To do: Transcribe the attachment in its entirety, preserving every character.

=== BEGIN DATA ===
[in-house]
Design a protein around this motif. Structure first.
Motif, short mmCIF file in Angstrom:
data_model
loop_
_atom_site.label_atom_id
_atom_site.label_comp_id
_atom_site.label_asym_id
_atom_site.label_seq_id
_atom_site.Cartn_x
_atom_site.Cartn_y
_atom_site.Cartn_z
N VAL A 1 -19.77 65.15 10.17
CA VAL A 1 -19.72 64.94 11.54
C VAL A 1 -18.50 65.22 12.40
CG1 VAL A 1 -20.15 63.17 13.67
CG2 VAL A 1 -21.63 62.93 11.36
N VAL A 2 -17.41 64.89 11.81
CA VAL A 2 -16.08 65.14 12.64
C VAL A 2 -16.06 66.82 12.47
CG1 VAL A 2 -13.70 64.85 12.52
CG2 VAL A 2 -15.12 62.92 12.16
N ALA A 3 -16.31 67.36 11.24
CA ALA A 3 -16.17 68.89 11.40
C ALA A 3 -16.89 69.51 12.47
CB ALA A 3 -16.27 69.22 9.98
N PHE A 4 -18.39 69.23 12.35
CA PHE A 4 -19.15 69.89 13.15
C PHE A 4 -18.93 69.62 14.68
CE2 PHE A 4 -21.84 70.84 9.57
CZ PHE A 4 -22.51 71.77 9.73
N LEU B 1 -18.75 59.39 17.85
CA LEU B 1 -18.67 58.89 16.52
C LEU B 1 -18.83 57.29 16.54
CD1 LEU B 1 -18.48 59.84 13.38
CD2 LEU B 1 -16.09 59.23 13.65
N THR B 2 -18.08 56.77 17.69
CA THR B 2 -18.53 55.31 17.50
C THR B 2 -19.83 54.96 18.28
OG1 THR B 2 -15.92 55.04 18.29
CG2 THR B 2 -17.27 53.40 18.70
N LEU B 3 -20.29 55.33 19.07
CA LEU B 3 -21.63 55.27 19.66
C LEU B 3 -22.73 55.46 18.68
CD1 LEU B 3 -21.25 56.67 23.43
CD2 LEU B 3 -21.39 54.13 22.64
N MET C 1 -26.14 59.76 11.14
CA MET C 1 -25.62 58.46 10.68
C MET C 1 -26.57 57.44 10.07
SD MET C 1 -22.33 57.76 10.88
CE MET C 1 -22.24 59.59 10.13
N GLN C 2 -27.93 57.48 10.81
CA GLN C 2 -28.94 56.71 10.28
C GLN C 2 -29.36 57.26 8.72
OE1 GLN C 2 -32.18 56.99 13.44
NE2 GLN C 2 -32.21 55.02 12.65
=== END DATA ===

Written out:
[in-house]
Design a protein around this motif. Structure first.
Motif, short mmCIF file in Angstrom:
data_model
loop_
_atom_site.label_atom_id
_atom_site.label_comp_id
_atom_site.label_asym_id
_atom_site.label_seq_id
_atom_site.Cartn_x
_atom_site.Cartn_y
_atom_site.Cartn_z
N VAL A 1 -19.77 65.15 10.17
CA VAL A 1 -19.72 64.94 11.54
C VAL A 1 -18.50 65.22 12.40
CG1 VAL A 1 -20.15 63.17 13.67
CG2 VAL A 1 -21.63 62.93 11.36
N VAL A 2 -17.41 64.89 11.81
CA VAL A 2 -16.08 65.14 12.64
C VAL A 2 -16.06 66.82 12.47
CG1 VAL A 2 -13.70 64.85 12.52
CG2 VAL A 2 -15.12 62.92 12.16
N ALA A 3 -16.31 67.36 11.24
CA ALA A 3 -16.17 68.89 11.40
C ALA A 3 -16.89 69.51 12.47
CB ALA A 3 -16.27 69.22 9.98
N PHE A 4 -18.39 69.23 12.35
CA PHE A 4 -19.15 69.89 13.15
C PHE A 4 -18.93 69.62 14.68
CE2 PHE A 4 -21.84 70.84 9.57
CZ PHE A 4 -22.51 71.77 9.73
N LEU B 1 -18.75 59.39 17.85
CA LEU B 1 -18.67 58.89 16.52
C LEU B 1 -18.83 57.29 16.54
CD1 LEU B 1 -18.48 59.84 13.38
CD2 LEU B 1 -16.09 59.23 13.65
N THR B 2 -18.08 56.77 17.69
CA THR B 2 -18.53 55.31 17.50
C THR B 2 -19.83 54.96 18.28
OG1 THR B 2 -15.92 55.04 18.29
CG2 THR B 2 -17.27 53.40 18.70
N LEU B 3 -20.29 55.33 19.07
CA LEU B 3 -21.63 55.27 19.66
C LEU B 3 -22.73 55.46 18.68
CD1 LEU B 3 -21.25 56.67 23.43
CD2 LEU B 3 -21.39 54.13 22.64
N MET C 1 -26.14 59.76 11.14
CA MET C 1 -25.62 58.46 10.68
C MET C 1 -26.57 57.44 10.07
SD MET C 1 -22.33 57.76 10.88
CE MET C 1 -22.24 59.59 10.13
N GLN C 2 -27.93 57.48 10.81
CA GLN C 2 -28.94 56.71 10.28
C GLN C 2 -29.36 57.26 8.72
OE1 GLN C 2 -32.18 56.99 13.44
NE2 GLN C 2 -32.21 55.02 12.65